12. Karl says:

    The Kelvin is defined by man as the coldest temperature limit to which matter can be subjected. Man defines all the terms. There could be a real temperature colder for which matter can not be involved. It removed relative temperatures and allowed for clear direct kinetic energy comparisons.

    The constant relationship between a light year (distance) and a time is a derived calcualtion that man assumes can exist but may actually be something different from the assumptions. There is no reason to mandate that with light energy, distance and time must be considered absolute, it's sure is convenient, but it might be a logical fallacy based upon man's assumptions.

    As for the roentgen although its use was allowable under the SI system, it is not itself an SI unit and continued use is "strongly discouraged" by the National Institute of Standards and Technology. A man made assessment.

    The Planck length is deemed "natural" because it can be defined from three fundamental physical constants: the speed of light, Planck's constant, and the gravitational constant. This a fundamental smallest common factor between the relationships of these other assumed constants. The assumed nature of the constants appears elegant, but they could again all be interdependent upon the methods of their definitions and assumed constancies.

    I believe science does have absolutes in regards to how man perceives them, but these are based upon human observations and assumptions which don't necessarily have to be invariant.

  13. You know, Karl, there's an in-built irony I find in your approach to science, politics, etc. You are a profoundly dedicated relativist. In fact, I'd almost go so far as to say that your conditional responses to "all things man-made" constitutes a kind of deconstructivist apprehension Derrida would have found touching. Which makes some of your more absolutist pronouncements kind of…odd.

  14. Karl says:

    My perspective towards man is that manmade absolutes don't exist. My perspective towards the physical world is that it may all very well be an illusion which mankind can delude himself about by thinking in absolute terms about matters that are indeed relative in nature.

    My perspective towards matters of the Spirit is that there are indeed absolutes against which no manmade concept or law will ever suceed. These spiritual absolutes are the character and Nature of God.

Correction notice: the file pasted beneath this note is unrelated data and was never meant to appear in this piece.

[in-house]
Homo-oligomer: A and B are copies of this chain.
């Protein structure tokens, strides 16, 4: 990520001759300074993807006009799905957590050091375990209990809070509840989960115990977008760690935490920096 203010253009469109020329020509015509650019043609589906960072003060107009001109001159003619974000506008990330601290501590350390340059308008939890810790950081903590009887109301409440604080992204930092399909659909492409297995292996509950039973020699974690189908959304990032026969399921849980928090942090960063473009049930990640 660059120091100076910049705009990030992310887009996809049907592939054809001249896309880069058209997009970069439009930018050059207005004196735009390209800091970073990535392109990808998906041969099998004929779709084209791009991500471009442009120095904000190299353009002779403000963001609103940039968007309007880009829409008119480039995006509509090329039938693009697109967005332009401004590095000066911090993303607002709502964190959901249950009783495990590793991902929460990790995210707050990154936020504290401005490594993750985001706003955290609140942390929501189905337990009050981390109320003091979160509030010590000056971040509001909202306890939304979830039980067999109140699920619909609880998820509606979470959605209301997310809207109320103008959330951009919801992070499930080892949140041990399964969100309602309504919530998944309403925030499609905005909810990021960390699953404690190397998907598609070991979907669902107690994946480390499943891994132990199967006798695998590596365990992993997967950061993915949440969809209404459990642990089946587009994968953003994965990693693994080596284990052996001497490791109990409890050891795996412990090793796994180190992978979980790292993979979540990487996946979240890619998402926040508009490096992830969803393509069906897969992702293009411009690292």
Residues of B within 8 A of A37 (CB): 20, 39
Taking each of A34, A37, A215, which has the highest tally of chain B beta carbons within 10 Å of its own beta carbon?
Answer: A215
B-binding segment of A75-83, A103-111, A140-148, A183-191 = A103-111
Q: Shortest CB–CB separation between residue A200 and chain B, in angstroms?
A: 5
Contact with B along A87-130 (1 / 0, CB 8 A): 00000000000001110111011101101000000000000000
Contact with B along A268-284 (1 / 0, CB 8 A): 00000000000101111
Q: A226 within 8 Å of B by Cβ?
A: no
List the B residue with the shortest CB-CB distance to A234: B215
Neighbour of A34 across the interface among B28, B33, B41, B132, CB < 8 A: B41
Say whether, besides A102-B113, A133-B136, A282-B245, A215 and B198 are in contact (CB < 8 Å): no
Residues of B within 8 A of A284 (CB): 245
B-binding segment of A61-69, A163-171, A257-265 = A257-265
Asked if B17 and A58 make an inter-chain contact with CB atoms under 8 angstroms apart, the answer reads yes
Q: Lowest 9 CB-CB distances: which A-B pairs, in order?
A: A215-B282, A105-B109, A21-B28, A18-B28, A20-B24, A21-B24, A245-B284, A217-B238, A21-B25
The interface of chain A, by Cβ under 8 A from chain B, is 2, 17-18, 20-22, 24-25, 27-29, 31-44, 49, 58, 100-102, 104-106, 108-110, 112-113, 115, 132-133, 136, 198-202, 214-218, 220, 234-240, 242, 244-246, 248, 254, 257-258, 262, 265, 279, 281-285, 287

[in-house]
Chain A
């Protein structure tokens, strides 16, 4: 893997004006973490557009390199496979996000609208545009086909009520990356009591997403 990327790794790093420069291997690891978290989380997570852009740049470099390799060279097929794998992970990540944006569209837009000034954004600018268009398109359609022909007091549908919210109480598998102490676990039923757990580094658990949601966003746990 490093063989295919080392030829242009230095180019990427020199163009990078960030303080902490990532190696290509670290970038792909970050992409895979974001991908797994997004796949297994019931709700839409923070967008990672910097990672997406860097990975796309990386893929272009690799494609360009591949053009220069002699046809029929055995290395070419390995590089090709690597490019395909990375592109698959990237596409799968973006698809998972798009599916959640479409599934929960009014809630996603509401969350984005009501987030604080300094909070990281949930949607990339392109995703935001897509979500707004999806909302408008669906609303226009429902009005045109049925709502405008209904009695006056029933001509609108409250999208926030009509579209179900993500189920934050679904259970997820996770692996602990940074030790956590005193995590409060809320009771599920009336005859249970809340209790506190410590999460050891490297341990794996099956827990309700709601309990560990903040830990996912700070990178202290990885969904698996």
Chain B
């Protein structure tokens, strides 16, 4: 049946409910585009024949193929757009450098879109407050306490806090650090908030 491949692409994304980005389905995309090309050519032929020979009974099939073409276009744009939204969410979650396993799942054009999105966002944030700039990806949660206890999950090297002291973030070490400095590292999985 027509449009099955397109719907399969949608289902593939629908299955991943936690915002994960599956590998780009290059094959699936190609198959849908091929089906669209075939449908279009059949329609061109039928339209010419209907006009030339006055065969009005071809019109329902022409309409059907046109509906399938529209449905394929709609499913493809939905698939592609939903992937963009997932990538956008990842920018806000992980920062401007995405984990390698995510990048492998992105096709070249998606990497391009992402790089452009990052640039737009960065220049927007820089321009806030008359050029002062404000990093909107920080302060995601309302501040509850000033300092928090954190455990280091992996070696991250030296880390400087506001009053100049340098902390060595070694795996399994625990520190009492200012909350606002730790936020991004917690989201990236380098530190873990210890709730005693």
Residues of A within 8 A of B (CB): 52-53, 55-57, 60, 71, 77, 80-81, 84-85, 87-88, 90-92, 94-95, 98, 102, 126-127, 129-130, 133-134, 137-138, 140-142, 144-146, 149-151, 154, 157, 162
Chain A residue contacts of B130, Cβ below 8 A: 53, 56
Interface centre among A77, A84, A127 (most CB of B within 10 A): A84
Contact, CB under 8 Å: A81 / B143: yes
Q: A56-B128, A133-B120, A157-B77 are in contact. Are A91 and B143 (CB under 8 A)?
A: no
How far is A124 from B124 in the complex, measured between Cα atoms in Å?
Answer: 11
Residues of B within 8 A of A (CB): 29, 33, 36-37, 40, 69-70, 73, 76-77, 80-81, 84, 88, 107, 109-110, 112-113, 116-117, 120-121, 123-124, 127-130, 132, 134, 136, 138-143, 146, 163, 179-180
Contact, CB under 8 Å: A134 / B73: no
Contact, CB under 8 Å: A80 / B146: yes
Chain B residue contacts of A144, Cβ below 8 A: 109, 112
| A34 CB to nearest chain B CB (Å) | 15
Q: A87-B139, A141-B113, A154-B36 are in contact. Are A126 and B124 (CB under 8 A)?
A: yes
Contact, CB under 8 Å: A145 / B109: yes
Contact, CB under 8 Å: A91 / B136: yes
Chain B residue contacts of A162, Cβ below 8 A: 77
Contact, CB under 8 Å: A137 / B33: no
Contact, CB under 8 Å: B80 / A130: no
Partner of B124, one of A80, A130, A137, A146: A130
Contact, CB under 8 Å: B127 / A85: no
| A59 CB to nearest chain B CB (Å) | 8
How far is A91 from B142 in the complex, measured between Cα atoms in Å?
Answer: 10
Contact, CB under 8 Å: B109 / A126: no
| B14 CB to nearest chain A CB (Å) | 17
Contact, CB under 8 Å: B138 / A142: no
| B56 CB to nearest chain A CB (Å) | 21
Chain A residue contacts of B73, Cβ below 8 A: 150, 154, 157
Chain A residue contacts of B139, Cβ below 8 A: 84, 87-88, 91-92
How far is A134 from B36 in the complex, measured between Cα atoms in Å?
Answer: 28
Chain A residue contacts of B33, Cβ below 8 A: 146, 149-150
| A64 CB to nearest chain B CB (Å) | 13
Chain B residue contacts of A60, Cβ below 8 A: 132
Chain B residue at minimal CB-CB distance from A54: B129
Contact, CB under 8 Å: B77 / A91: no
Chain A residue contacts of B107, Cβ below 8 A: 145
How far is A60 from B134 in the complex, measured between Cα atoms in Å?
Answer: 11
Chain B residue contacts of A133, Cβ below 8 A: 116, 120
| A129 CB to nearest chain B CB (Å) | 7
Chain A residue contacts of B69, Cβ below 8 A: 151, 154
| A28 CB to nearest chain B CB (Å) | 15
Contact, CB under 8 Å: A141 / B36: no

This is why you find my thought process ironic.

  15. That's very Zen, Karl. Almost Buddhist.

  16. Dan Klarmann says:

    Although you can claim that the Kelvin was defined by man, as opposed to discovered, its definition is absolute. Read up on Bose Einstein condensates (that I've mentioned before to you) and you can see why the absolute bottom temperature must be absolute. Asking what is colder than absolute zero is basically wondering what is slower than a dead stop.

    The constancy of the speed of light was discovered by Einstein by assuming that the well-proven equations of Maxwell were correct, and that all motion is relative. That's it. That's all you need to prove that the speed of light is constant and finite, and that matter actually is energy (E=MC<sup>2</sup>).

    These (and other) absolute definitions were hotly disputed discoveries of how the universe actually works, not inventions of man. They all have practical consequences that can be measured in many ways, to confirm their objective nature.

    Well, you need to know some fancy math to prove them. Read A History of Mathematics to get an idea of where that comes from. Or at least read the relatively brief Wiki on the subject.

  17. Karl says:

    I believe I still read the word assumed in most of what you wrote. Who has done the assuming, a yes, men and women.

  18. Karl says:

    Mark says:

    That’s very Zen, Karl. Almost Buddhist.

    Buddhists need a way to get beyond of their mistakes as much as anybody else. I believe they have one thing clear, matter is not all their is.